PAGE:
Please Stay Tuned,
May 4, 2010 1 Comment
After too long a delay I finally finished my first version of a TouchOSC based transport for Ardour. One of the most difficult aspects of this project was the sheer number of Ardour’s functions that can be controlled via OSC. Deciding what to incorporate into the layout and what to leave out took hours of consideration and experimentation. I tried to keep everything as streamlined as possible only using using functions in my layout that I thought would be of the most use.
As I discussed in my previous post, you will need to run Max5 patch in the background to allow better communication between TouchOSC and Ardour. Please go ahead and download the .zip file which contains the TouchOSC layout, .maxpat file, and a .mxf file as well. Even if you don’t own Max/Msp/Jitter, the patch should work fine using the Max/Msp runtime version, which is free to download.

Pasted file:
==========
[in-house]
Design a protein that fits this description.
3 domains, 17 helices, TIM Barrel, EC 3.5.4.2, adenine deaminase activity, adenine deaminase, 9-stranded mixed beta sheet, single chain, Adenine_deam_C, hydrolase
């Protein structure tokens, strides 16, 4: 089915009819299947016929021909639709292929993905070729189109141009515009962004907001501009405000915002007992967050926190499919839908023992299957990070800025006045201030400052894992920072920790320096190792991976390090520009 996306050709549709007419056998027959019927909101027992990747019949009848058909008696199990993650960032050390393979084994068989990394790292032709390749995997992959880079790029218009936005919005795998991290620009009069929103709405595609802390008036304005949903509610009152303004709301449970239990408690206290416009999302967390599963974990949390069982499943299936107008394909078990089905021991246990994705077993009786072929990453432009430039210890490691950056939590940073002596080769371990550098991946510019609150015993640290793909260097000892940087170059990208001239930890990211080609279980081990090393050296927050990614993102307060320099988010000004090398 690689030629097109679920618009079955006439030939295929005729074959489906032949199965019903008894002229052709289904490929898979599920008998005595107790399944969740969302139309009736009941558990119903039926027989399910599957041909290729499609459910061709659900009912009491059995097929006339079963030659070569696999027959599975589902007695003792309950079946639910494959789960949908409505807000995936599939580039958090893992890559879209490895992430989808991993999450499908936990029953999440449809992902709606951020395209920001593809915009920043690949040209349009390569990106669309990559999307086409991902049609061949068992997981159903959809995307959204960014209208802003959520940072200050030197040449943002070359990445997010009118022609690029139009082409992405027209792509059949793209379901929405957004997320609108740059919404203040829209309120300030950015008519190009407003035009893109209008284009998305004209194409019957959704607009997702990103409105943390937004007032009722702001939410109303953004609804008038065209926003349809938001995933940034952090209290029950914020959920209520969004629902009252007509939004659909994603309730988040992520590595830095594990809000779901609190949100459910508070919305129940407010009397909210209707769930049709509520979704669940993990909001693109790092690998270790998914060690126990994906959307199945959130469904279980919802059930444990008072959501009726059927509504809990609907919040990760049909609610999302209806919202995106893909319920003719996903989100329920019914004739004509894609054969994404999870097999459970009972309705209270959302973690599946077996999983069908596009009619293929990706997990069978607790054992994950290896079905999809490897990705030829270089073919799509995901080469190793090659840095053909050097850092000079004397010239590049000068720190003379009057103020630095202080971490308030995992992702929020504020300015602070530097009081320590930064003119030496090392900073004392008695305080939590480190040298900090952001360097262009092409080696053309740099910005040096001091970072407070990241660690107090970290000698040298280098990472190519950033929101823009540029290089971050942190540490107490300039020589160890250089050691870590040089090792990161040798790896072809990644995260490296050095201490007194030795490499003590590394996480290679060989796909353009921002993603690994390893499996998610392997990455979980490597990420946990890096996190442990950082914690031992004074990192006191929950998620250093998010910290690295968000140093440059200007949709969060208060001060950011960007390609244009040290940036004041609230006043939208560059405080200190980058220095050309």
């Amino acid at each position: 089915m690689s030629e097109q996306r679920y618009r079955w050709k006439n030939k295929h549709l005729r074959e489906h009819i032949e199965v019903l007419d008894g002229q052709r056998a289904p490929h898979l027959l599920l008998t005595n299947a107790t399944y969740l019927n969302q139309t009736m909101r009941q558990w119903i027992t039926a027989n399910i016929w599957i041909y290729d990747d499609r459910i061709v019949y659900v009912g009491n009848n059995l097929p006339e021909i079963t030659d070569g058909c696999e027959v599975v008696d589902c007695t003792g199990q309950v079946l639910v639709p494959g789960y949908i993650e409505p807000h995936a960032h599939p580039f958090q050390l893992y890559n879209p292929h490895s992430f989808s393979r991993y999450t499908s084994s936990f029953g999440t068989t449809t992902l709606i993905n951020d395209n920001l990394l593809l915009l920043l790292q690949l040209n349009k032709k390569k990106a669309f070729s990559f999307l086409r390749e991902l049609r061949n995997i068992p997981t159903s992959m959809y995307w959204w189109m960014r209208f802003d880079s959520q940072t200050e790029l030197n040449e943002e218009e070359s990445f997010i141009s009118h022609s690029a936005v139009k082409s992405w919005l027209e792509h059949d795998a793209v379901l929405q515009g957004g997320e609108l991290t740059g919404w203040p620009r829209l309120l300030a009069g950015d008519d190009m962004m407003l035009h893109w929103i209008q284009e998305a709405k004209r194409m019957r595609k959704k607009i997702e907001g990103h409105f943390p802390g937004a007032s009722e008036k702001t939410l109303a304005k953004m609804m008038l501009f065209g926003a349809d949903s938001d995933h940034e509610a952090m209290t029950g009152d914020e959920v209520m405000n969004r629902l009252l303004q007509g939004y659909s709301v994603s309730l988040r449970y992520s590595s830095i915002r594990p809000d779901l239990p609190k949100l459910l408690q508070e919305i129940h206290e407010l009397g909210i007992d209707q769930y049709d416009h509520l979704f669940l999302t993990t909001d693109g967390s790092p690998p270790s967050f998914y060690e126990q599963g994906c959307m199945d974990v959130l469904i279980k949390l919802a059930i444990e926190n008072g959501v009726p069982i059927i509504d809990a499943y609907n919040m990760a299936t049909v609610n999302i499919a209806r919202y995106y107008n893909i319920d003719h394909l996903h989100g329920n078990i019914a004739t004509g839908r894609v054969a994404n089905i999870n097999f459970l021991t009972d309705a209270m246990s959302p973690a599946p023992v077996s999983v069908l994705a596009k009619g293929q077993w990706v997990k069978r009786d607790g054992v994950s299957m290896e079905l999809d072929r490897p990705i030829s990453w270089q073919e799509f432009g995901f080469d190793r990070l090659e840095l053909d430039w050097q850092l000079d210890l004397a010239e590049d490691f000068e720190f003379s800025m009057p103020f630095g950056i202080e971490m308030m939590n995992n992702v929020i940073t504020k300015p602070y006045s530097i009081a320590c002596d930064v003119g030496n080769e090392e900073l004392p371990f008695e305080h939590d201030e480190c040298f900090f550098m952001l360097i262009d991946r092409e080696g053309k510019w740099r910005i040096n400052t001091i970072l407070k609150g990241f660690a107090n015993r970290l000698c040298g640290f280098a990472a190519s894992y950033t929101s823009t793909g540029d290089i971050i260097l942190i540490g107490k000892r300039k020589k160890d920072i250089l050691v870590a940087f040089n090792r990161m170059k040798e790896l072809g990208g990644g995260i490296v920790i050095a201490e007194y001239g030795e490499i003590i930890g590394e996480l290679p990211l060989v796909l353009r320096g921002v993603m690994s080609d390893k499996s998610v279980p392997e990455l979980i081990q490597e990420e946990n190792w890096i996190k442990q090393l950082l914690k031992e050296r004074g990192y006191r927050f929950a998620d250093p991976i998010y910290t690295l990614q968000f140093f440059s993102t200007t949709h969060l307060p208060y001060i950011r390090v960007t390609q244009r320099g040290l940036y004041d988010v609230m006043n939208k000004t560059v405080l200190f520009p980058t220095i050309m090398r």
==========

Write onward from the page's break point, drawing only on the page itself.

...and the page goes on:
February 10, 2010 5 Comments
In the process of updating some things on my site today I unknowingly erased the downloads database. It’s probably going to take me several hours to maybe a day before everything is re-uploaded and working properly. I apologize to anyone who is trying to download something.
Come back real soon and I should have things all sorted out.
February 5, 2010 Leave a comment
It’s a shame when life gets in the way of your blogging. This has been the case with me ever since the holidays, but I’ll be back soon with some projects and interesting ideas to share.
In the meantime, I highly recommend listening to 23 Standards by Anthony Braxton. The entire album is amazing, but as a guitarist I was immediately impressed with the performance of Kevin O’Neil. His sense of timing and phrasing is completely original, entirely different from the funk sensibilities of my old favorites such as Grant Green or Melvin Sparks. Rather than constraining his improvisations to the “in the pocket” feel that most guitar players stick to, he manages to push, pull, and destroy the groove more like an avant-guard tenor sax player.